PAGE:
They might have been called the Crazy Gang. But while team spirit was definitely evident, the Wimbledon team of the '80s did not all get on with each other.
The prime example was John Fashanu and 1988 FA Cup final goal hero Lawrie Sanchez who openly despised each other as former Gladiator host Fashanu told FourFourTwo in 2002: "I don’t like Sanch and he doesn’t like me. Hate is a strong word, but we tend to disagree."
In a fight broken up by former club coach Terry Burton, the pair memorably went at it in training on one occasion.
"So I thought I’d teach Sanch a lesson and gave a sweep of the legs, but Sanch has calves like most people have thighs and he didn’t move. So I gave him another couple, but Sanch came back at me. So I thought, I’m gonna take this guy out, and I hit him with one of the best shots I’d been training with – BAM! Take that, Sanch! – right in the solar plexus, a shot that would supposedly knock a horse down. And still he stood there."
According to legend, Sanchez who found Fashanu to be arrogant, threw the first punch.
That physical battle had no winner, but that Dons pair were hardly the first team-mates to hate each other with a passion at club level.
Andy Cole and Teddy Sheringham
This one is too well known. According to Cole, it began when Sherigham snubbed him on the sideline when he was about to come on the pitch as a substitute for his England debut. When Sheringham later joined Manchester United, the pair did not interact verbally, although they struck up a decent partnership on the pitch.
Cole discussed the enmity on Newstalk's Off The Ball last year, detailing how Dwight Yorke acted as their go-between. In it, he also touched on a fight and feud between fellow United pair Roy Keane and Gary Pallister.
Unsurprisingly, Ireland's assistant manager has had his fair share of conflicts at club level. One player he certainly had a tense relationship with was goalkeeper Peter Schmeichel with the pair coming to blows as detailed in Keane's recent autobiography. In the ITV documentary Keane and Vieira, he told his former Arsenal rival that he and the Great Dane "actually didn't get on that well together."
Although Schmeichel did admit a "personality clash", he claimed that Keane's claim that they did not get on was over-played in his response to what was said in the documentary.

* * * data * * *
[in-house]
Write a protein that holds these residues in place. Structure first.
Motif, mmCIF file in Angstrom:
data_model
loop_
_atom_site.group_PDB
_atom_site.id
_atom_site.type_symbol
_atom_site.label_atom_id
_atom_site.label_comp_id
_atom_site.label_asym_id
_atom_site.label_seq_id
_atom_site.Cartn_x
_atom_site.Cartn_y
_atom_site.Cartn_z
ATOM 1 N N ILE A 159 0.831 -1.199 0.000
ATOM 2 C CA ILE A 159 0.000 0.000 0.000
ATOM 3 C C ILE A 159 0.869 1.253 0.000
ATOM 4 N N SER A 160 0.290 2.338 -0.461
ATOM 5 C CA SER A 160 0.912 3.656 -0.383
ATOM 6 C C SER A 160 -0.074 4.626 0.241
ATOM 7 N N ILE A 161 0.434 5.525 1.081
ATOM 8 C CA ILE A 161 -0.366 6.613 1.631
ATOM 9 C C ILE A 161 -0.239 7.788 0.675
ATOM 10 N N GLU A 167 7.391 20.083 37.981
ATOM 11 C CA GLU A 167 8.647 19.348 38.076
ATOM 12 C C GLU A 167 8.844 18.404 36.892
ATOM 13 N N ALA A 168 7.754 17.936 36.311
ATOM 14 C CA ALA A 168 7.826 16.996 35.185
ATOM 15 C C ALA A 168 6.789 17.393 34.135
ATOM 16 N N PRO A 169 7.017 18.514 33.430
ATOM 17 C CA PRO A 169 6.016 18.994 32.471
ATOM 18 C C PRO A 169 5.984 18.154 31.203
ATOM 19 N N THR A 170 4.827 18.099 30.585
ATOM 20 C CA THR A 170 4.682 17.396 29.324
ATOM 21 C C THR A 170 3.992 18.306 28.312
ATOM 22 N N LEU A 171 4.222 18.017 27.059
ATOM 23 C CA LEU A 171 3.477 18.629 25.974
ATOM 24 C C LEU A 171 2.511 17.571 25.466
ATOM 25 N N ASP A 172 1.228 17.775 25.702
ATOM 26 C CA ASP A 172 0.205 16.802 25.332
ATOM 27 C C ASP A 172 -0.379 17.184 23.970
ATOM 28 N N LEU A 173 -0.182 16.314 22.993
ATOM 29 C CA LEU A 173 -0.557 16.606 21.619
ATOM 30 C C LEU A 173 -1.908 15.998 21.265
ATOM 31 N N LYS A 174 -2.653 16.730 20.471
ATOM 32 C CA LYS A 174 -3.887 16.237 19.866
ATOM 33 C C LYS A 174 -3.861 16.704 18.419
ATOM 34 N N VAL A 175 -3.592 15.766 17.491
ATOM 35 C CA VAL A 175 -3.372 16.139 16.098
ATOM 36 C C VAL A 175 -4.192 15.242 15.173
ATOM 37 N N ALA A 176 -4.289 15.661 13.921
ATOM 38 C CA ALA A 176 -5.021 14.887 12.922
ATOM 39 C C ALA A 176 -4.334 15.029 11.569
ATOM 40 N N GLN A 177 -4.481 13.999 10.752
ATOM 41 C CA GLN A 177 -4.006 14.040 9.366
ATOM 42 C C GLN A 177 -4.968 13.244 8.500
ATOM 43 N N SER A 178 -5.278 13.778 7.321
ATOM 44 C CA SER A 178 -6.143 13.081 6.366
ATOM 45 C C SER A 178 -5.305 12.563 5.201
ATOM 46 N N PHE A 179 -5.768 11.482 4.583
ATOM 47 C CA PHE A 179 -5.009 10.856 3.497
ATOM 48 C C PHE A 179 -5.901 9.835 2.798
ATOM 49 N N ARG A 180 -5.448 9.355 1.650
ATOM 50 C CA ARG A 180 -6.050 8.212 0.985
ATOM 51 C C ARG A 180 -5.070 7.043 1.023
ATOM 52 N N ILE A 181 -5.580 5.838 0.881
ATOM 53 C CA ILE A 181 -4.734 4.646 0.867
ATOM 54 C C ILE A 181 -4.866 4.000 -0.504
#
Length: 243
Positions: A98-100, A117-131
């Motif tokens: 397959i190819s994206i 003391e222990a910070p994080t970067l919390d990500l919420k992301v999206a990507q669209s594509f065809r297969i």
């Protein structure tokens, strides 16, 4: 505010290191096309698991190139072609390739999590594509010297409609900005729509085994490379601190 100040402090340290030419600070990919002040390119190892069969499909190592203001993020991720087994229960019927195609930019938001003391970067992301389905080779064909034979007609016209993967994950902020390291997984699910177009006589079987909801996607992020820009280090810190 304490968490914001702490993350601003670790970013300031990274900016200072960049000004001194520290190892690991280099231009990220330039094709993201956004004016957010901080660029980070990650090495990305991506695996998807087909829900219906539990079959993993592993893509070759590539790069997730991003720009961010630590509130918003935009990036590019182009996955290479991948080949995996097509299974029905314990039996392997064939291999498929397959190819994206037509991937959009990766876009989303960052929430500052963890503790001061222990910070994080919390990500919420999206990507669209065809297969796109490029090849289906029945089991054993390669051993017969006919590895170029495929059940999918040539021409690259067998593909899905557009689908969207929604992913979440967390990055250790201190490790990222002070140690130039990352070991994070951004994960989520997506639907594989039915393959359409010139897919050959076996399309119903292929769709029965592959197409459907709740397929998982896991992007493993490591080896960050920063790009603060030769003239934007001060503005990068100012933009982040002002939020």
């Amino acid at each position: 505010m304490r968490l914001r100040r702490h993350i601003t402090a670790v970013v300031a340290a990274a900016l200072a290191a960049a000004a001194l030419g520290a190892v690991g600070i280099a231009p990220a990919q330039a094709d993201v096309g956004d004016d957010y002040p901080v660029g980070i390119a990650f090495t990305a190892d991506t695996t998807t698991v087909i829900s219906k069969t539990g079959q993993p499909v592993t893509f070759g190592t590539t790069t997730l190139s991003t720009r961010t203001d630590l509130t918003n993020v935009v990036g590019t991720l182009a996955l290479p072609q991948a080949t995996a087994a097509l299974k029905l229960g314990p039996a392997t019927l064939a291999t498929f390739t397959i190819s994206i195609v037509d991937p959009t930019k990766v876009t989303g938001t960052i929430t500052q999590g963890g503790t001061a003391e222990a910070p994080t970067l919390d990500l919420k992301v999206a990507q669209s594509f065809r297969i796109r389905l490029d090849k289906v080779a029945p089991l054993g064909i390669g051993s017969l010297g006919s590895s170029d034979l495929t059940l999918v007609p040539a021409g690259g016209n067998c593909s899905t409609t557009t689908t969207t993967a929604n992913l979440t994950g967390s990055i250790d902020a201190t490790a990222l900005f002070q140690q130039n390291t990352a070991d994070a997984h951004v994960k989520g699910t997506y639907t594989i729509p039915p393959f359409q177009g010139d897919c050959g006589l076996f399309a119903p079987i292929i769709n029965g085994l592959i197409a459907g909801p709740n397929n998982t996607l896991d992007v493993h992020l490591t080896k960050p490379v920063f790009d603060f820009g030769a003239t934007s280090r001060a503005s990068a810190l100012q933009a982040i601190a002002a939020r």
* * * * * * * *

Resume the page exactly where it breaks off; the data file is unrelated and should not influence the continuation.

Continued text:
Lothar Matthaus versus Effenburg and Klinsmann
All was not well with the Germany side in the late '80s to early '90s and much of the friction centred on the legendary Lothar Matthaus.
Jurgen Klinsmann famously did not get on with his former team-mate while at Bayern Munich. It began when Matthaus made a £5,000 bet with the the club's general manager that Klinsi would not score more than 15 goals - a bet the former would lose.
The current USA manager admits it caused tension to flare up between at club level, which also carried into the national team fold, although with the passing of time, Klinsmann says they are friends now.
Matthaus also fell out with another former Bayern team-mate, in the form of the much more volatile Stefan Effenberg.
It says a lot abot Effenberg's view of his ex-colleague that a chapter in his 2003 autobiography titled 'What Lothar Matthaus Knows About Football' was tellingly left completely blank. When the opportunity arose to use actual words, he called Matthaus a "quitter" and a "big mouth".
The conflict between the pair is said to date back to their time together at Bayern, when they shared a dressing room from 1998 to 2000.
Iker Casillas and Alvaro Arbeloa
If a huge trophy haul could not be achieved, Jose Mourinho made sure his Real Madrid tenure left some form of legacy.
Unfortunately, that involved creating lasting tensions between the club's long-time No 1 Iker Casillas and defender Alvaro Arbeloa who had also won so much together at international level.
In a recent interview on Spanish TV, Casillas said of Mourinho loyalist Arbeloa: "We have disagreements on the team’s vision, but today, even though we don’t have the relationship we had seven years ago, it’s friendly and polite."
So polite that Arbeloa felt the need to apologise after re-tweeting a link to a book which claimed that Casillas was a "tumor on Real Madrid" after the Spain captain had liked a fan's post on Instagram which had referred to Arbeloa as a "cone" due to his lack of movement.
Nasri versus Gallas
During Arsene Wenger's reign, team-mates always seem to get on at Arsenal. However, scratch below the surface and there can be issues not apparent to the naked eye.
Take, Samir Nasri and William Gallas for example. Their initial row began on international duty with France as Nasri explained to the Daily Mail:
"When I arrived with the national team Thierry [Henry] was injured with a back problem. He wasn’t there. So when I came, I was sitting in one place. I didn’t know it was Thierry’s place. Then Thierry comes back and I’m sitting there, and he talks to me like, 'That’s my place'. And I said, 'Well, it doesn’t have your name on it'. But then he explained to me that he had been sitting there for 12 years and that it was his favourite seat and I said, 'OK, no problem'. I said he could take his seat,
and he told me to sit next to him. 'We will watch a DVD.'"
As Nasri went on to say, Henry was "cool" about the whole incident. Gallas was not quite so forgiving having also told Nasri to get off Henry's seat and park his rear end elsewhere. On a sidenote, Gallas probably also enjoyed sitting down as the Birmingham City pitch will attest in 2008 as Arsenal's vibrant title challenge began to fade.
So the issue carried into club level, where Nasri revealed he did not speak to Gallas for a year after the latter wrote about the bus incident in his book - although he waited until Gallas had left for Tottenham before admitting it publicly.
"For a year at Arsenal we did not speak," Nasri says. "Other players didn’t talk to him either, but the squad’s collective spirit would transcend everything."